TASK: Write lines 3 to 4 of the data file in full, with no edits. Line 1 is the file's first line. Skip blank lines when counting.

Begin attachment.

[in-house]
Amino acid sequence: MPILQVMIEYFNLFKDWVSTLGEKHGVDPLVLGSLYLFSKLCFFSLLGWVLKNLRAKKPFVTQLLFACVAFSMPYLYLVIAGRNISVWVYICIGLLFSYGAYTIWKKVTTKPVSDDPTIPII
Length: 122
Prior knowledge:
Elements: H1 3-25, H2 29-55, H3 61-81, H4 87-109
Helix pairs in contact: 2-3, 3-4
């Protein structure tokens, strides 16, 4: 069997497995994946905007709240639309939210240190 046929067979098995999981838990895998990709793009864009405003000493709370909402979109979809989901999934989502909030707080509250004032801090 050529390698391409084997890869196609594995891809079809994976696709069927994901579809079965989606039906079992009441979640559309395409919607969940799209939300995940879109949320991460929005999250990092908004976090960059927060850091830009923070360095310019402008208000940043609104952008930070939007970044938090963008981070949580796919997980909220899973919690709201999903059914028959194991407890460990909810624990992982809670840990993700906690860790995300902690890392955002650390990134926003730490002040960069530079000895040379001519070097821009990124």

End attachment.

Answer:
Length: 122
Prior knowledge: